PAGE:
I realise that it is so important to learn your trade properly. Look for ways to educate yourself completely, accept work in small dynamic companies and commit to learning everything you can. Hang around club/national racing events and get the feel for the grass roots of motor sport, keep an eye out for all the different solutions to the various engineering challenges even from the oldest race cars. Make sure you subscribe to the industry magazines and try and really understand the articles, there is a difference between reading something and really understanding it!

At some point you’ll get opportunities that will allow you to develop your career, and you need to be ready to take them.


Learn from YOUR experience

I would love to post similar stories to Darren’s on this site and so if you do or if you have ever worked in F1 or other high level motorsport and want to share your experiences then please get in touch with me either via the comments section here or via my twitter feed @Work_in_F1.

I would love to hear from you.

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  1. First of all, I would like to express my gratitude to you for spending your time and efforts on this blog. For the engineers, whose dream is to work in F1 it is a beam of light in darkness. Thank you for inspiration!
    I’ve already have a Master degree in automotive engineering, but I received it in one university in Russia and of course there is no hopes that my knowledge is relevant and useful at the moment for working in F1. But I’m high self-motivated and may be finally I will find the way to get a job of my dream.
    For understanding what is the concrete dream, which I will be following next years, I’d like to ask you some questions:
    1.As I’ve noticed the majority of Junior vacancies are relevant to 3D design (using Catia V5). Is the working process look like: engineer receives the drawings of a new part from the designers and creates a 3D model in Catia? How strong you should be in the material composition in this case?
    2.Are there any real needed work for juniors in the area of testing? The most preferable tasks are about suspension optimization. Is it a separate task for engineers or that is a part of aerodynamic department’s goals (as I’ve read in one article). What do you use for finding the best design and parameters for suspension? Do you use only simulation tests or also road experiments? Do you use for simulation any well-known software or specific unique products?
    Sorry, if my questions are stupid or not clear, I’m doing my best to improve my English. But I will be happy, if you can find a time to clarify some points for me.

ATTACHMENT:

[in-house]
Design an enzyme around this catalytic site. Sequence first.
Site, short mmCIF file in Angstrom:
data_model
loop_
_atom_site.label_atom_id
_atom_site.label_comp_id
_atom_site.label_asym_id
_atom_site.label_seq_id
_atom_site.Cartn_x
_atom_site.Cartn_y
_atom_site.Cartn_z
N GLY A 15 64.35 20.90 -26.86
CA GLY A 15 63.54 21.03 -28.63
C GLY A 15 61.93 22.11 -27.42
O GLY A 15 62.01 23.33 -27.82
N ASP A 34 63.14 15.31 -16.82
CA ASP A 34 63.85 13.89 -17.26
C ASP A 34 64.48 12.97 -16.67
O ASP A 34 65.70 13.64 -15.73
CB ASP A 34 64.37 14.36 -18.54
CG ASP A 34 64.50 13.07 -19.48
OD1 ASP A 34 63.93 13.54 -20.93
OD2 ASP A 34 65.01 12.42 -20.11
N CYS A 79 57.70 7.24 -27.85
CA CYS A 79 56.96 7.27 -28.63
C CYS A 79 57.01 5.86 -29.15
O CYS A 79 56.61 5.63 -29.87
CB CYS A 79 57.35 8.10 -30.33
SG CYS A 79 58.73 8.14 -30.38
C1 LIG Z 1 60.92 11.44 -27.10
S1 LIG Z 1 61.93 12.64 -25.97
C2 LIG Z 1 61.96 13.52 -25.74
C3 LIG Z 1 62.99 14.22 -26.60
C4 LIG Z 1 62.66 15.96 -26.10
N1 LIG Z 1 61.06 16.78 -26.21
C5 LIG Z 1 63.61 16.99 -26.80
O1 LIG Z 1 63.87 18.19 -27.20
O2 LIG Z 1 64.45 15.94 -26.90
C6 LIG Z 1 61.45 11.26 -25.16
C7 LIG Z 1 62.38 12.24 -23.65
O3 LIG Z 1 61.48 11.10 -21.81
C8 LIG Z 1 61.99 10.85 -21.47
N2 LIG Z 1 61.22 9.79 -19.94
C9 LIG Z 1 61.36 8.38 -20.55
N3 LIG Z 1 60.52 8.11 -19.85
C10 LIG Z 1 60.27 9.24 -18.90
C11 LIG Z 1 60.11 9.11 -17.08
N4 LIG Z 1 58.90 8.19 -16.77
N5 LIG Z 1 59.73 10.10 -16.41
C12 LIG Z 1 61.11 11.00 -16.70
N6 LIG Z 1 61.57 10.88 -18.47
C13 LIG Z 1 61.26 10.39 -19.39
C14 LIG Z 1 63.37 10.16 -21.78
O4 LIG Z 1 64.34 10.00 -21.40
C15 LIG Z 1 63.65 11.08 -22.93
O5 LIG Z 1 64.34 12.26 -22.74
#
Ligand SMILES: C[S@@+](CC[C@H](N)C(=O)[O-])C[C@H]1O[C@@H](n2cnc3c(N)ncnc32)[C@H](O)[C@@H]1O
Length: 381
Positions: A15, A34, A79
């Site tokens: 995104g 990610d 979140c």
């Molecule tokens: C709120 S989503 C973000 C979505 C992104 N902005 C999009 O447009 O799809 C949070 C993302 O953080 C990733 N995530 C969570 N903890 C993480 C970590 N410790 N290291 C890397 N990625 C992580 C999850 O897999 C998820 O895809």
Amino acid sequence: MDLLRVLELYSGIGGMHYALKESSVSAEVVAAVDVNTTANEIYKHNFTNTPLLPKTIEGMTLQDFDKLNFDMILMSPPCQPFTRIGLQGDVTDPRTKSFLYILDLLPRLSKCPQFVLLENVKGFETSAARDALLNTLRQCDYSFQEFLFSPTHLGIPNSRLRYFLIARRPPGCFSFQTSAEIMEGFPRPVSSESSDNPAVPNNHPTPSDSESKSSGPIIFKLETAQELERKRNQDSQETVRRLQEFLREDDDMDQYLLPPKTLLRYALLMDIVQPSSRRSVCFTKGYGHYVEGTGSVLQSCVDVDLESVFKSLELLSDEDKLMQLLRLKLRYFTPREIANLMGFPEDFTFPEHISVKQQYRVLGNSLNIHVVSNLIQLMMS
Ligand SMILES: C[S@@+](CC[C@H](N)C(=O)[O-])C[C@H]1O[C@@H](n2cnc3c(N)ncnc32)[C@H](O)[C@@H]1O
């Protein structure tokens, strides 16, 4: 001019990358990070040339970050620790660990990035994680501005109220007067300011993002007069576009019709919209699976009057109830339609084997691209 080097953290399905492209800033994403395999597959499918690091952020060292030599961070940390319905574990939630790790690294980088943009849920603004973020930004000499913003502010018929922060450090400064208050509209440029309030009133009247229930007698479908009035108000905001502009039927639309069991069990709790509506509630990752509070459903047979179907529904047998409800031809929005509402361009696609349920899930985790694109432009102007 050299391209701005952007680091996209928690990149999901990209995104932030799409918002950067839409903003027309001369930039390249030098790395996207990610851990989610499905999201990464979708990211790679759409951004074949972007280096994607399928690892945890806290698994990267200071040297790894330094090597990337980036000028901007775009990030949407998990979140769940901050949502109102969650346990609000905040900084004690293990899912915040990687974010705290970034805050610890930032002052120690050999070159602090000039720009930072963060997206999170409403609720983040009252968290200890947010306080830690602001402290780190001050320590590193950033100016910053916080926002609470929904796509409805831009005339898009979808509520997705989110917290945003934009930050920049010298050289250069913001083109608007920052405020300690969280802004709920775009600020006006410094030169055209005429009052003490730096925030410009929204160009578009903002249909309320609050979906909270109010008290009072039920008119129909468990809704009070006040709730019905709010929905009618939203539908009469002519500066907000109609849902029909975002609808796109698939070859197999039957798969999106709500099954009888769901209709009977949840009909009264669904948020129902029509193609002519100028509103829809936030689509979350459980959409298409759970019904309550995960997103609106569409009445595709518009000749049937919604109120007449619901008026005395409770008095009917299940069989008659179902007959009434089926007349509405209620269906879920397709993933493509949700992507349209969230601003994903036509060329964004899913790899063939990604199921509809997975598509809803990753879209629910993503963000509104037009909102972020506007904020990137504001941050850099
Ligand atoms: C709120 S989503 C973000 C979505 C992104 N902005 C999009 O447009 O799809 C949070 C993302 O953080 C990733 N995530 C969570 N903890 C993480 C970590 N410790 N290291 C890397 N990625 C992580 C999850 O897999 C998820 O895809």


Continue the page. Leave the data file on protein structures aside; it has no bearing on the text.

1. Hi

      Sorry for the delay let me try and answer your questions:
      1) The Engineer is the designer. You are expected to invent, design, 3D model, draw and oversee parts or solution to a problem. Need to have good understanding of materials to do this but most teams have metallurgist or materials experts who can be consulted.
      2) Many juniors work in testing / R&D it’s very common. Suspension is heavily influenced by aerodynamics but designer needs to produce best suspension possible within those constraints. Most suspension development is done by modelling or historic understanding. Teams generally have their own full vehicle models both on-car and in simulation. Road simulation is limited to races and a few tests as we cannot run the car outside of these or do tyre testing

      Hope that helps

      Your English is near perfect by the way.

  2. Thanks for sharing,
    I don’t know why but my comments are not coming up and bcoz of that I can’t get your opinion on my problems.

    1. There is a big backlog of comments I haven’t replied to because I don’t have much spare time to lend to this blog. I get hundreds of comments to deal with so please be patient – they only appear when I have approved them because many are spam or such like.

  3. I’ve had my eyes on a job in formula 1 for some years now and live Motorsport myself, I understand a lot of universities compete in formula student and f1 teams offer placement years, are these sufficient experience to get a job in f1?

    Aidan challis
    1. I’d say no, it’s not enough.

      Take a look at this post, it’s my opinion :


  4. As far as stepping stones goes, how would service in a branch of the United States Military working on aircraft look on a CV?

    1. Aerospace & military in particular is good experience. Better than general automotive as it’s closer in precision and discipline.

  5. Sir, How about the rise in data analytics teams in motors ports. Are there any specific universities where companies hire such engineers?

    1. Same rules as for any other engineering disciple. Just follow the same advice.